Copyright © 2014 IBRO. Published by Elsevier Ltd. All rights reserved.
Substance abuse is a major barrier in eradication of the HIV epidemic because it serves as a powerful cofactor for viral transmission, disease progression, and AIDS-related mortality. Cocaine, one of the commonly abused drugs among HIV-1 patients, has been suggested to accelerate HIV disease progression. However, the underlying mechanism remains largely unknown. Therefore, we tested whether cocaine augments HIV-1-associated CD4(+) T-cell decline, a predictor of HIV disease progression. We examined apoptosis of resting CD4(+) T cells from HIV-1-negative and HIV-1-positive donors in our study, because decline of uninfected cells plays a major role in HIV-1 disease progression. Treatment of resting CD4(+) T cells with cocaine (up to 100 μmol/L concentrations) did not induce apoptosis, but 200 to 1000 μmol/L cocaine induced apoptosis in a dose-dependent manner. Notably, treatment of CD4(+) T cells isolated from healthy donors with both HIV-1 virions and cocaine significantly increased apoptosis compared with the apoptosis induced by cocaine or virions alone. Most important, our biochemical data suggest that cocaine induces CD4(+) T-cell apoptosis by increasing intracellular reactive oxygen species levels and inducing mitochondrial depolarization. Collectively, our results provide evidence of a synergy between cocaine and HIV-1 on CD4(+) T-cell apoptosis that may, in part, explain the accelerated disease observed in HIV-1-infected drug abusers.
Copyright © 2014 American Society for Investigative Pathology. Published by Elsevier Inc. All rights reserved.
Dopamine (DA) signaling in the central nervous system mediates the addictive capacities of multiple commonly abused substances, including cocaine, amphetamine, heroin and nicotine. The firing of DA neurons residing in the ventral tegmental area (VTA), and the release of DA by the projections of these neurons in the nucleus accumbens (NAc), is under tight control by cholinergic signaling mediated by nicotinic acetylcholine (ACh) receptors (nAChRs). The capacity for cholinergic signaling is dictated by the availability and activity of the presynaptic, high-affinity, choline transporter (CHT, SLC5A7) that acquires choline in an activity-dependent matter to sustain ACh synthesis. Here, we present evidence that a constitutive loss of CHT expression, mediated by genetic elimination of one copy of the Slc5a7 gene in mice (CHT+/-), leads to a significant reduction in basal extracellular DA levels in the NAc, as measured by in vivo microdialysis. Moreover, CHT heterozygosity results in blunted DA elevations following systemic nicotine or cocaine administration. These findings reinforce a critical role of ACh signaling capacity in both tonic and drug-modulated DA signaling and argue that genetically imposed reductions in CHT that lead to diminished DA signaling may lead to poor responses to reinforcing stimuli, possibly contributing to disorders linked to perturbed cholinergic signaling including depression and attention-deficit hyperactivity disorder (ADHD).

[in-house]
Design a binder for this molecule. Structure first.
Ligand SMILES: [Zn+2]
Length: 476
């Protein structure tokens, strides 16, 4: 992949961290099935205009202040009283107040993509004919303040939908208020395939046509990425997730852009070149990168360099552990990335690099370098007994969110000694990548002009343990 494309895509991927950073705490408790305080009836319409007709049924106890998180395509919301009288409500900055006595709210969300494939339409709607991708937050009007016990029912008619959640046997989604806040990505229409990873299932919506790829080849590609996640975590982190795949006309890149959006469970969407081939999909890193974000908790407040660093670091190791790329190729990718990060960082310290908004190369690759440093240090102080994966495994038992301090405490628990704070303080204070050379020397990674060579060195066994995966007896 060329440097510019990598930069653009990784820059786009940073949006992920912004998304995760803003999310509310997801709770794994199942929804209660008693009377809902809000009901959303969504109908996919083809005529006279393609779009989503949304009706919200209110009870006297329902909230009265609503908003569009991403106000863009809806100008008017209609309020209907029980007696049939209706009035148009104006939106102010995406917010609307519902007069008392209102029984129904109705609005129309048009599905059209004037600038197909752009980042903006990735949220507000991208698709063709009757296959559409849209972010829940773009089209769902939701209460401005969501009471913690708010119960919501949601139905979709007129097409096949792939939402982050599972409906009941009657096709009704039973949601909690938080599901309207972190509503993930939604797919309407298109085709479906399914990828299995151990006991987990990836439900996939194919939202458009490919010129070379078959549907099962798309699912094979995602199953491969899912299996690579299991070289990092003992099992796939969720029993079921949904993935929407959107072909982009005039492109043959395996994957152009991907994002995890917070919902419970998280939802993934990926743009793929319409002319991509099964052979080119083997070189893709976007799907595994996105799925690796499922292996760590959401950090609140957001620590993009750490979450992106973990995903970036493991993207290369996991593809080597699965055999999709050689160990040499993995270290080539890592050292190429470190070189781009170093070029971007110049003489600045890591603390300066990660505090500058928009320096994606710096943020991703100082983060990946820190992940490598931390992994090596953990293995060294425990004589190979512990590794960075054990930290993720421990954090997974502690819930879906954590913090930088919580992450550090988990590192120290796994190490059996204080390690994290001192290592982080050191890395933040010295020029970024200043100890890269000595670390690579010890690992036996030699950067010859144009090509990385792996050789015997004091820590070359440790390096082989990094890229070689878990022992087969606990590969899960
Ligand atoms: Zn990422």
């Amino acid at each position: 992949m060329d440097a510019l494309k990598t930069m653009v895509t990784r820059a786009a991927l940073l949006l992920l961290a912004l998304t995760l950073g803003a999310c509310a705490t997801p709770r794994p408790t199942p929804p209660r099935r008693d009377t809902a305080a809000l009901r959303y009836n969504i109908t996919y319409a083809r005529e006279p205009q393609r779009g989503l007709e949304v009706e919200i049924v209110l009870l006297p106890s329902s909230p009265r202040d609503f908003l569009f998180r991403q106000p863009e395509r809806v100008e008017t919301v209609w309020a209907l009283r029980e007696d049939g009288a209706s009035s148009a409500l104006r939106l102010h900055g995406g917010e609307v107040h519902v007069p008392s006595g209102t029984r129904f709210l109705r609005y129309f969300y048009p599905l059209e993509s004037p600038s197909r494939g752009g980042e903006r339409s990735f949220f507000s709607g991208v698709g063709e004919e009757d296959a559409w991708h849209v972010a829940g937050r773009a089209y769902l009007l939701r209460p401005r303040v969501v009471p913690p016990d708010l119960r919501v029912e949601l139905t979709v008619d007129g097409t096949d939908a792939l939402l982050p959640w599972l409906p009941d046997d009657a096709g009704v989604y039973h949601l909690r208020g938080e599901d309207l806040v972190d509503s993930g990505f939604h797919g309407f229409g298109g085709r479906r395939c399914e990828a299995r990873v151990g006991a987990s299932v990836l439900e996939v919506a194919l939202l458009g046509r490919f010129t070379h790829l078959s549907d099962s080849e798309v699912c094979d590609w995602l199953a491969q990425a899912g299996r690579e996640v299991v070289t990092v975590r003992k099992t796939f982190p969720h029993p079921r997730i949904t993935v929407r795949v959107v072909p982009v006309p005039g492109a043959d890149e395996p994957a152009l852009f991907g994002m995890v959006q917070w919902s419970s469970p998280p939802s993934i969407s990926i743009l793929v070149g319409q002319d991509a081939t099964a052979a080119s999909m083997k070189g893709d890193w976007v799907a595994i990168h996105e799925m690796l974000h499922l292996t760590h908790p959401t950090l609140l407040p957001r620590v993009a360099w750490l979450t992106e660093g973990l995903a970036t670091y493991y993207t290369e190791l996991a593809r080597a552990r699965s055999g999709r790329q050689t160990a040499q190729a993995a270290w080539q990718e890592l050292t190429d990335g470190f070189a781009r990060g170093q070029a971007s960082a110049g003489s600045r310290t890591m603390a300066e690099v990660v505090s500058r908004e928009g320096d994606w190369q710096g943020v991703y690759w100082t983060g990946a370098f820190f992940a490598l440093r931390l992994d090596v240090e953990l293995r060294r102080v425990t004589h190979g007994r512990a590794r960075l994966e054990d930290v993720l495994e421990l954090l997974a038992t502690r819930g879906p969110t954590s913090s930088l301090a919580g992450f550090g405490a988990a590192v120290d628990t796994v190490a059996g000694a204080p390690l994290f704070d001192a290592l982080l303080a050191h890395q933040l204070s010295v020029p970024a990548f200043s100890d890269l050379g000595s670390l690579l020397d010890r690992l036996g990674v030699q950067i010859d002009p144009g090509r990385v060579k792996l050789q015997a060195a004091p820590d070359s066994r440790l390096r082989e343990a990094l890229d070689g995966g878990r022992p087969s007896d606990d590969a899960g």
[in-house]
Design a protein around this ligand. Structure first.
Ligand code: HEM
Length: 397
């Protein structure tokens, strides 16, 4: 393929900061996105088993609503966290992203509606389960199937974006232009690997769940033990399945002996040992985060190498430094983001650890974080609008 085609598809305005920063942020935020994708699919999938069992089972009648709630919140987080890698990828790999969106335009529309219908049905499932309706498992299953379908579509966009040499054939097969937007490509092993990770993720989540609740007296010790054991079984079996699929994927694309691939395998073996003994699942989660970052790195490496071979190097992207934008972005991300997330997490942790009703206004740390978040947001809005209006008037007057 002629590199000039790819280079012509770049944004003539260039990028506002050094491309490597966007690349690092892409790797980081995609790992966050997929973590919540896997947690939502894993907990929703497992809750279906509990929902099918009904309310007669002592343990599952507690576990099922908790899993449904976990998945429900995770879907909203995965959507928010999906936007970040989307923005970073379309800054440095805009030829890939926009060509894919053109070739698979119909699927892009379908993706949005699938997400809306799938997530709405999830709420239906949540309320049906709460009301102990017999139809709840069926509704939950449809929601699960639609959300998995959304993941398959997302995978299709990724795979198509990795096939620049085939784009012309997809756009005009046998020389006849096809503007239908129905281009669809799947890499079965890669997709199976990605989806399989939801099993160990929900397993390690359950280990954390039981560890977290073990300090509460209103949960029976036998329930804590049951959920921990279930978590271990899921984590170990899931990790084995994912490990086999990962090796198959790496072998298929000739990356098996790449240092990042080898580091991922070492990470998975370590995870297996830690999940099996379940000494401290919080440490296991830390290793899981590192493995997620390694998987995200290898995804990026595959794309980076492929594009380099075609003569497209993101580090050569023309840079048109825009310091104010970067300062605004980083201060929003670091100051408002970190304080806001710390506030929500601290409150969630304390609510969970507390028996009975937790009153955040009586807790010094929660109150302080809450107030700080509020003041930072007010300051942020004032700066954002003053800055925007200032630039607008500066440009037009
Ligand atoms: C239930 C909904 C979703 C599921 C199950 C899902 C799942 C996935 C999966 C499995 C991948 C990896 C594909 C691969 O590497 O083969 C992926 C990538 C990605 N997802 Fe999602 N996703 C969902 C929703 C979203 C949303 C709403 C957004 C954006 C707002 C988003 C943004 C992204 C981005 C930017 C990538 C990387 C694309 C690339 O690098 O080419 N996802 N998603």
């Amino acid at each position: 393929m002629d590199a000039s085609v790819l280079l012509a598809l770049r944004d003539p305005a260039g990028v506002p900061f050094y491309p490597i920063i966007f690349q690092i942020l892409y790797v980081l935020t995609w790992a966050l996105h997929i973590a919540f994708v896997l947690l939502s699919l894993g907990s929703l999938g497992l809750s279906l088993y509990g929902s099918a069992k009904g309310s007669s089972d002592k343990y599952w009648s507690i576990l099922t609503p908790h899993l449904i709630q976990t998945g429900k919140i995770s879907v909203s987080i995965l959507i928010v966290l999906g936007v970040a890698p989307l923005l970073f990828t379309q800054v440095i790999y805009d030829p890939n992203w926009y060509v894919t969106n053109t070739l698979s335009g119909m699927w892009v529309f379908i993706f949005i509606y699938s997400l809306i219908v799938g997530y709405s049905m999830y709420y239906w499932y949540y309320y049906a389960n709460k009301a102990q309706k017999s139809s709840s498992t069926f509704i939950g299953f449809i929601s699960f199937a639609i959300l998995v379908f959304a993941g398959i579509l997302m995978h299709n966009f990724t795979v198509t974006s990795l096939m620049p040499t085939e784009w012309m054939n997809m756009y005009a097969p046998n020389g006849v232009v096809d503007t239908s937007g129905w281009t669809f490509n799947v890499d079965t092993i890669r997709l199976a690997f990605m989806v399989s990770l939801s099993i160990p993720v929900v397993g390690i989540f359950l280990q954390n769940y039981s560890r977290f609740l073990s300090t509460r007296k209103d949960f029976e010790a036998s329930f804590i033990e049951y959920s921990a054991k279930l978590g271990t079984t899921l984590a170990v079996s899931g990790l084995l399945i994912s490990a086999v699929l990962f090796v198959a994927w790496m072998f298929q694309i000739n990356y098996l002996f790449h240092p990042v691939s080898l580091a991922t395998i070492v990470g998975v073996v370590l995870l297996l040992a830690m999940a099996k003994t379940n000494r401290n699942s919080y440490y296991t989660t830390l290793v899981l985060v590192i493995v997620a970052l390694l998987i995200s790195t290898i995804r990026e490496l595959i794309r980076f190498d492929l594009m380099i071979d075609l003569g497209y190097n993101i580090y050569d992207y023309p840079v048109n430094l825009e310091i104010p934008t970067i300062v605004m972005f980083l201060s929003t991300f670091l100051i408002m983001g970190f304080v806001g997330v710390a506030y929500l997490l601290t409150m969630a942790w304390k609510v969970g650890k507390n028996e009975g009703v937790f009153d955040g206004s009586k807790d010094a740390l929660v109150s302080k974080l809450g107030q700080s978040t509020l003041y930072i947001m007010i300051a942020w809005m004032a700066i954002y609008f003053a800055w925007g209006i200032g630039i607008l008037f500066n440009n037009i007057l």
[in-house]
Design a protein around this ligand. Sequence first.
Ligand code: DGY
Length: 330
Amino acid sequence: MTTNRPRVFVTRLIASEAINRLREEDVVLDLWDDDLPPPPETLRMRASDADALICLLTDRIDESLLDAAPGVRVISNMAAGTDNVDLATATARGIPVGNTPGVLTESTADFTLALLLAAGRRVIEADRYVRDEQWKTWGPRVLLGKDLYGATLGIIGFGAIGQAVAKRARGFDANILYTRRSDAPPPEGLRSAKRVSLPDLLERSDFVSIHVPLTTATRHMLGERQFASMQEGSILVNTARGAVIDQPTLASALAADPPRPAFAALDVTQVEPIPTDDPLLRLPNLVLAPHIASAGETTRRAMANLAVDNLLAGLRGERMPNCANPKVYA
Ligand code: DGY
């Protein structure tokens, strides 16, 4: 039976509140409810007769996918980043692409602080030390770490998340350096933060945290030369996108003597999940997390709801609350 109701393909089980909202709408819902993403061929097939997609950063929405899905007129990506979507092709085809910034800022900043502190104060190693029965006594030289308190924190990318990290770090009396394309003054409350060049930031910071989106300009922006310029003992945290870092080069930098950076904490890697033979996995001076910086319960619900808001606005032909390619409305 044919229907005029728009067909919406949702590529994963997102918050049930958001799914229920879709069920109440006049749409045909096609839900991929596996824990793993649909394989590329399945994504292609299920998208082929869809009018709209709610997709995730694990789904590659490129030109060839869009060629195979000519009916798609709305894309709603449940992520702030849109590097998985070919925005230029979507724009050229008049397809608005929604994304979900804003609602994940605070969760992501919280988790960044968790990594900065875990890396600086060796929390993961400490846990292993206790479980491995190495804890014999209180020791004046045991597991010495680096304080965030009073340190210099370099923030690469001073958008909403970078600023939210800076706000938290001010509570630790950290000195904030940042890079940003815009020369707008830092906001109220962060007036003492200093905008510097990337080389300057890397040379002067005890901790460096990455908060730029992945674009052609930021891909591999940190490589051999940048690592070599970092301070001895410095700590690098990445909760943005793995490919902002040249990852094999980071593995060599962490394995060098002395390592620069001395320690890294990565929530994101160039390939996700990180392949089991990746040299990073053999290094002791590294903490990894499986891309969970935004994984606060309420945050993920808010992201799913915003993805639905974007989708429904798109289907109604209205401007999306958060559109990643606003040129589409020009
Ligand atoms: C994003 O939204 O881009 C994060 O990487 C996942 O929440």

Copyright © 2013 Elsevier Inc. All rights reserved.
As an approach to elucidating dopamine transporter (DAT) phosphorylation characteristics, we examined in vitro phosphorylation of a recombinant rat DAT N-terminal peptide (NDAT) using purified protein kinases. We found that NDAT becomes phosphorylated at single distinct sites by protein kinase A (Ser-7) and calcium-calmodulin-dependent protein kinase II (Ser-13) and at multiple sites (Ser-4, Ser-7, and Ser-13) by protein kinase C (PKC), implicating these residues as potential sites of DAT phosphorylation by these kinases. Mapping of rat striatal DAT phosphopeptides by two-dimensional thin layer chromatography revealed basal and PKC-stimulated phosphorylation of the same peptide fragments and comigration of PKC-stimulated phosphopeptide fragments with NDAT Ser-7 phosphopeptide markers. We further confirmed by site-directed mutagenesis and mass spectrometry that Ser-7 is a site for PKC-stimulated phosphorylation in heterologously expressed rat and human DATs. Mutation of Ser-7 and nearby residues strongly reduced the affinity of rat DAT for the cocaine analog (-)-2β-carbomethoxy-3β-(4-fluorophenyl) tropane (CFT), whereas in rat striatal tissue, conditions that promote DAT phosphorylation caused increased CFT affinity. Ser-7 mutation also affected zinc modulation of CFT binding, with Ala and Asp substitutions inducing opposing effects. These results identify Ser-7 as a major site for basal and PKC-stimulated phosphorylation of native and expressed DAT and suggest that Ser-7 phosphorylation modulates transporter conformational equilibria, shifting the transporter between high and low affinity cocaine binding states.
The presynaptic dopamine (DA) transporter is responsible for DA inactivation following release and is a major target for the psychostimulants cocaine and amphetamine. Dysfunction and/or polymorphisms in human DAT (SLC6A3) have been associated with schizophrenia, bipolar disorder, Parkinson's disease, and attention-deficit hyperactivity disorder (ADHD). Despite the clinical importance of DAT, many uncertainties remain regarding the transporter's regulation, in part due to the poor spatiotemporal resolution of conventional methodologies and the relative lack of efficient DAT-specific fluorescent probes. We developed a quantum dot-based labeling approach that uses a DAT-specific, biotinylated ligand, 2-β-carbomethoxy-3-β-(4-fluorophenyl)tropane (IDT444), that can be bound by streptavidin-conjugated quantum dots. Flow cytometry and confocal microscopy were used to detect DAT in stably and transiently transfected mammalian cells. IDT444 is useful for quantum-dot-based fluorescent assays to monitor DAT expression, function, and plasma membrane trafficking in living cells as evidenced by the visualization of acute, protein-kinase-C (PKC)-dependent DAT internalization.